Resources for Teacher Retention and Recruitment
Policymakers face tough decisions about how to best attract and keep good teachers. A variety of Midwestern policymakers in both the legislative and executive branches of government polled by NCREL indicated that they need more information about what school districts are doing to effectively recruit and retain high-quality teachers. With support from the Center for School Change at the University of Minnesota, NCREL sought to fill this gap in knowledge by conducting a survey of school administrators in its seven-state region (Illinois, Indiana, Iowa, Michigan, Minnesota, Ohio, and Wisconsin). In asking whether or not each district is having difficulty retaining high-quality teachers, the survey was designed to collect basic information about which strategies have been adopted and how effective these strategies have been at recruiting and retaining teachers. A number of questions regarding new teacher support programs were included in the survey.
This edition of Policy Issues presents an overview of the results of an NCREL survey sent to superintendents in the seven-state North Central region (Illinois, Indiana, Iowa, Michigan, Minnesota, Ohio, and Wisconsin). The two-page survey asked superintendents if their districts are having difficulty retaining high-quality teachers, which strategies they have implemented to retain and attract high-quality teachers, and how effective these strategies have been. In this overview, the authors give special attention to how the location and wealth of school districts affect the use of teacher retention and recruitment strategies. The authors describe effective strategies and identify where they are being used in the region. Finally, the authors offer conclusions and recommendations for state and local policymakers. The full report, Effective Teacher Recruitment and Retention Strategies in the Midwest: Who Is Making Use of Them?, also is available on this Web page (see above).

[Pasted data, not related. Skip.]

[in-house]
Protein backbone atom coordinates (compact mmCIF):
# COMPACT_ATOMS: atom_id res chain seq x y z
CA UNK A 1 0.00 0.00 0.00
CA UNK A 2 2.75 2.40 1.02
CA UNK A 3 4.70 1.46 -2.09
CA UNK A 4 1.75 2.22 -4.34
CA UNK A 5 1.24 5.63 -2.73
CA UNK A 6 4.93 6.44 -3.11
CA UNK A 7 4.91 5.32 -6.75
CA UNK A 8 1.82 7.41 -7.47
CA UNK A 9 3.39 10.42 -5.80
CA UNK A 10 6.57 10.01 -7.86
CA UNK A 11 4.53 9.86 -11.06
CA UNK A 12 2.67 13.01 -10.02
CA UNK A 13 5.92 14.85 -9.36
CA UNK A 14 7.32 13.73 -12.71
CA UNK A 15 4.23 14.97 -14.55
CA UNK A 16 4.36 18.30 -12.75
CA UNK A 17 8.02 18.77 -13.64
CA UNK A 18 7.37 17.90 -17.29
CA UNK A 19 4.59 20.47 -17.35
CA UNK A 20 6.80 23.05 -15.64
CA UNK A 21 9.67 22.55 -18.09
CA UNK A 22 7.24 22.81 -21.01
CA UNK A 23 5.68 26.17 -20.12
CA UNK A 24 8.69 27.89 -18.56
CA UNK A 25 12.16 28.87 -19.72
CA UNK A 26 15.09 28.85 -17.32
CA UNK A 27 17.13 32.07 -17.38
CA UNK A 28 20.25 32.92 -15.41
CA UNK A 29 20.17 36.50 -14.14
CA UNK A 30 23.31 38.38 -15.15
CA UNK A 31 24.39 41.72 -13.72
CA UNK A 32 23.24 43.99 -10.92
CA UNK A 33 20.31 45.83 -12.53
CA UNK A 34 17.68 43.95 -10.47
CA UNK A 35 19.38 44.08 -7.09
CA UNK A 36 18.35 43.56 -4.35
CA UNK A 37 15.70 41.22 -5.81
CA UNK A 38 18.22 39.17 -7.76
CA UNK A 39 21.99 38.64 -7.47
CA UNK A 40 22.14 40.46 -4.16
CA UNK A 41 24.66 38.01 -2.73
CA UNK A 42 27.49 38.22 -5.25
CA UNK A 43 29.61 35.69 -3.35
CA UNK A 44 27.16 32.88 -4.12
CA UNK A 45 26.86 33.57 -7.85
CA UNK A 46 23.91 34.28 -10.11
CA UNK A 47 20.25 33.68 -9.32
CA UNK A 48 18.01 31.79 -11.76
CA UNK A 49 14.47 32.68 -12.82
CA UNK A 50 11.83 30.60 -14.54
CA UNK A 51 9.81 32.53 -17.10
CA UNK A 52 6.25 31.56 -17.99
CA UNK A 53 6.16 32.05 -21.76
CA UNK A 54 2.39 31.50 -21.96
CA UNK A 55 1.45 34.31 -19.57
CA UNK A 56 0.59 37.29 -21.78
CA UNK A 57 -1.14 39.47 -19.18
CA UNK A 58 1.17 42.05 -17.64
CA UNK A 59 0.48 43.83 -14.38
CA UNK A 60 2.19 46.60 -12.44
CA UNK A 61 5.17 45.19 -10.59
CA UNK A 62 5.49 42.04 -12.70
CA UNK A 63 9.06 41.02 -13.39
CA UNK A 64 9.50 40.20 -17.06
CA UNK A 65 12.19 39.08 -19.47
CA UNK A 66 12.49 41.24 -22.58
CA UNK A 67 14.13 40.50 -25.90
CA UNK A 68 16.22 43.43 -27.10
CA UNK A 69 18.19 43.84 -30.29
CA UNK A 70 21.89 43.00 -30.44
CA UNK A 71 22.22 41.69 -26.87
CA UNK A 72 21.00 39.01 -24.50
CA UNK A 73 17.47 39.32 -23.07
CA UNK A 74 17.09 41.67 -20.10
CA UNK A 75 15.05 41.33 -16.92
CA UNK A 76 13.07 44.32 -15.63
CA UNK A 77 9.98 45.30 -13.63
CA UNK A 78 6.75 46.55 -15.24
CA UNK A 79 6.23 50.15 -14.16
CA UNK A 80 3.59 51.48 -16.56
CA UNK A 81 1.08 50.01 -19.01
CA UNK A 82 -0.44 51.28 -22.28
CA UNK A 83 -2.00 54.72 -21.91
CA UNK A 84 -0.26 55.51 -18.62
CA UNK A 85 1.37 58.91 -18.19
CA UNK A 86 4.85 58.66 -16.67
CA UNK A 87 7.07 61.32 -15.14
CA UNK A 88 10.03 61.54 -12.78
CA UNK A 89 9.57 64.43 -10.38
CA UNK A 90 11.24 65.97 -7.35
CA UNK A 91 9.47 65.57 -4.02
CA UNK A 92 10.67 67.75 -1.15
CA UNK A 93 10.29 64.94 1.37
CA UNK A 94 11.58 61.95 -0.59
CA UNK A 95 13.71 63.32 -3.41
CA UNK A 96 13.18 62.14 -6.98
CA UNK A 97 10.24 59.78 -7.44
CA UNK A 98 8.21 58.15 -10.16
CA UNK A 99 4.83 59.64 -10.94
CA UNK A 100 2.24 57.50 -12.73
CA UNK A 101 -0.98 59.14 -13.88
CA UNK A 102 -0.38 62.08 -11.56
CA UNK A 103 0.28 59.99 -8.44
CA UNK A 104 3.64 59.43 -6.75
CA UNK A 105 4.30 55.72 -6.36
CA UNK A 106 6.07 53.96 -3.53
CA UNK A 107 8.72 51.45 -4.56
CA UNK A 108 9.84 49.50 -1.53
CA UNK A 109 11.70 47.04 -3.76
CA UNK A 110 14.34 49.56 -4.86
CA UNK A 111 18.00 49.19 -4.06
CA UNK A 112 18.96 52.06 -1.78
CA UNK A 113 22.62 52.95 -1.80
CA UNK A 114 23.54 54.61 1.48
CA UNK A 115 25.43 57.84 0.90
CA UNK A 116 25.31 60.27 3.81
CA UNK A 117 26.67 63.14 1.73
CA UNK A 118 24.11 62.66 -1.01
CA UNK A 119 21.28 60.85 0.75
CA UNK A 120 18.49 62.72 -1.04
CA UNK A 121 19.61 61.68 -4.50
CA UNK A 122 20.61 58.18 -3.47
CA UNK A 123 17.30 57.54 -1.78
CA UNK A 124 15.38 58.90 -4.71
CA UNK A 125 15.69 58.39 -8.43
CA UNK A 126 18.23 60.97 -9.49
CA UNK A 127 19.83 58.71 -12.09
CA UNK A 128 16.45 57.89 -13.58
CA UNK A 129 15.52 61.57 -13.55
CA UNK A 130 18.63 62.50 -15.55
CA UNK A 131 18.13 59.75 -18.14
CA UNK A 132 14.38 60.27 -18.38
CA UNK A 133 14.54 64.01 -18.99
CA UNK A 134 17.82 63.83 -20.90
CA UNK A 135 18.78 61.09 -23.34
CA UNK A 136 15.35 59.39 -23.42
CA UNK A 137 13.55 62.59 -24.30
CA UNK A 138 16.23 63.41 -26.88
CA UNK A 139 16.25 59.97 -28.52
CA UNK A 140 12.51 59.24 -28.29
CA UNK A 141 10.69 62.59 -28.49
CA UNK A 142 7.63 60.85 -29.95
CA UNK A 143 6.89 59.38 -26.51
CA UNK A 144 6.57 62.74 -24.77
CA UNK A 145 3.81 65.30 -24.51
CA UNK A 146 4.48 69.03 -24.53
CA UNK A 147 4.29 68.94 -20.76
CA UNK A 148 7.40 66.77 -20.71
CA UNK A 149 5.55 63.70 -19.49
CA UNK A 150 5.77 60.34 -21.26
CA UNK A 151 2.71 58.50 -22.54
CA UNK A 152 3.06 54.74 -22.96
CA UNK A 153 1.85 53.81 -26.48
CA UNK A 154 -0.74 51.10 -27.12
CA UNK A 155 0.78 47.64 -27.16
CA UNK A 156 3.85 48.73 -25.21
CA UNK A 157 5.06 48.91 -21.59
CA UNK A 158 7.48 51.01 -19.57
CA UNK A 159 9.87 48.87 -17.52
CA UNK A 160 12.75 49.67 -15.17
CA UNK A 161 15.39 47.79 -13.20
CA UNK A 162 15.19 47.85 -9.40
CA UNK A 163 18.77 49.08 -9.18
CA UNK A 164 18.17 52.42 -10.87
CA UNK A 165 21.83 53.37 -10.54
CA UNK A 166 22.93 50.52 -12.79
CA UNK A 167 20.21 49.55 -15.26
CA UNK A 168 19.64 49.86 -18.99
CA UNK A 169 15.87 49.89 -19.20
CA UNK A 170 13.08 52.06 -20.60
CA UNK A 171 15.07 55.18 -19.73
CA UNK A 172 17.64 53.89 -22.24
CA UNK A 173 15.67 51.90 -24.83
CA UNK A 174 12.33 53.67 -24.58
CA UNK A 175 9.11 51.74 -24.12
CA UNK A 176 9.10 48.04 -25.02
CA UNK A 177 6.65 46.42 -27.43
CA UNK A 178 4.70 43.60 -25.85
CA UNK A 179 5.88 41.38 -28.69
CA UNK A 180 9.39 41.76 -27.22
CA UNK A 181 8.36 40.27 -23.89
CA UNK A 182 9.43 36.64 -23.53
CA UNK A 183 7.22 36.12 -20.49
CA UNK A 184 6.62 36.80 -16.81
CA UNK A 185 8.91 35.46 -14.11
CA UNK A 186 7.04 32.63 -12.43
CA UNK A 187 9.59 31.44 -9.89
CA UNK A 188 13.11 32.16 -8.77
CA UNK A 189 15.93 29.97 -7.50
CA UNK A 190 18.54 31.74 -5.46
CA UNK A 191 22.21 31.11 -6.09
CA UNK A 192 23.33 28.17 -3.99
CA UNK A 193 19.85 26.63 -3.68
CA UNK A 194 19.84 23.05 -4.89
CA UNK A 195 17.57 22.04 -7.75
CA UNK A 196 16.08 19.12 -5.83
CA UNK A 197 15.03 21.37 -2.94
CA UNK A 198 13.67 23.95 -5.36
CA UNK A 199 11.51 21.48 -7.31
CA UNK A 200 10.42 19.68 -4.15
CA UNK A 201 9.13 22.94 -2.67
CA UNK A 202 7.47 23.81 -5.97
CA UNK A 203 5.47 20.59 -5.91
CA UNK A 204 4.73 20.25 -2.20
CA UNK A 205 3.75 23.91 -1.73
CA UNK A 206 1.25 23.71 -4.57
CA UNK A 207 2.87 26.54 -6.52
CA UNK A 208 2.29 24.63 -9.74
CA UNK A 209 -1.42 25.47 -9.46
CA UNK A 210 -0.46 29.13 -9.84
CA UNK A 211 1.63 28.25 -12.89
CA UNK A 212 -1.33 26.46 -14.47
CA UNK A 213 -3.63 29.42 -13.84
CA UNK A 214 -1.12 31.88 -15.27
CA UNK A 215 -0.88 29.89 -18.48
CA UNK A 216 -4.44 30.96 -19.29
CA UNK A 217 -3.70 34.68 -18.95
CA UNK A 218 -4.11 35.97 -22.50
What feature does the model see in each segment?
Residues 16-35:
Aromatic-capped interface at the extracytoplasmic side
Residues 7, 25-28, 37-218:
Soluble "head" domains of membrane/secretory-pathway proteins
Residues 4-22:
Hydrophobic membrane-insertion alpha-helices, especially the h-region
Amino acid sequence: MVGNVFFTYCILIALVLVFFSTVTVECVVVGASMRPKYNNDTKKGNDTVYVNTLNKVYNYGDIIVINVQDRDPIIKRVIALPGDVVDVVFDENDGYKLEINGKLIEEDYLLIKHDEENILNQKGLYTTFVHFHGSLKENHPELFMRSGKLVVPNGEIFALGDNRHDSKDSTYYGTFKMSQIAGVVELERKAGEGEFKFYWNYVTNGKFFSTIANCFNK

As part of its continuous effort to bring expert guidance to policymakers, NCREL, in cooperation with the Education Commission of the States and the National Council of State Legislatures, hosted a symposium with legislative staffers to discuss the link between improved teacher quality and closing the achievement gaps between and among groups of students. Dr. Ronald Ferguson, Harvard University, and Dr. Allan Alson, superintendent of Evanston Township High School District 202 (Evanston, Illinois) and convenor of the Minority Student Achievement Network, presented to the staffers. This meeting summary highlights policy options and guidance.
Download an Adobe Reader (PDF) version.
Are shortages of high-quality teachers having an impact on Midwestern states? What can be done to address teacher shortages in several key curriculum areas throughout the Midwest? What are the most important steps states can take to attract, train, and retain excellent teachers? This report brings together, for the first time, research from seven Midwestern states (Illinois, Indiana, Iowa, Michigan, Minnesota, Ohio, and Wisconsin) on these critical issues. Conclusions and recommendations also are included.
This Web site gives novice classroom teachers the chance to benefit from the expertise of their highly successful peers. It presents audio excerpts from lengthy interviews conducted with experienced and accomplished teachers, who share their solutions to many of the critical instructional and personal issues facing teachers today. Written transcripts of the interviews also are available on the site.
To hear the interviews, you need to have the free QuickTime plug-in (Version 3 or later) installed on your computer. Further information about the plug-in is available.
Download an Adobe Reader (PDF) version.
This multimedia packet (which is no longer available) contained audiotapes of interviews with education leaders on the topic of teacher recruitment and retention. The essay "Building the Profession: Recruiting and Retaining Quality Teachers" provides a well-rounded overview of the issue, examples of research and current practice, and suggestions for policymakers to make a broad range of improvements.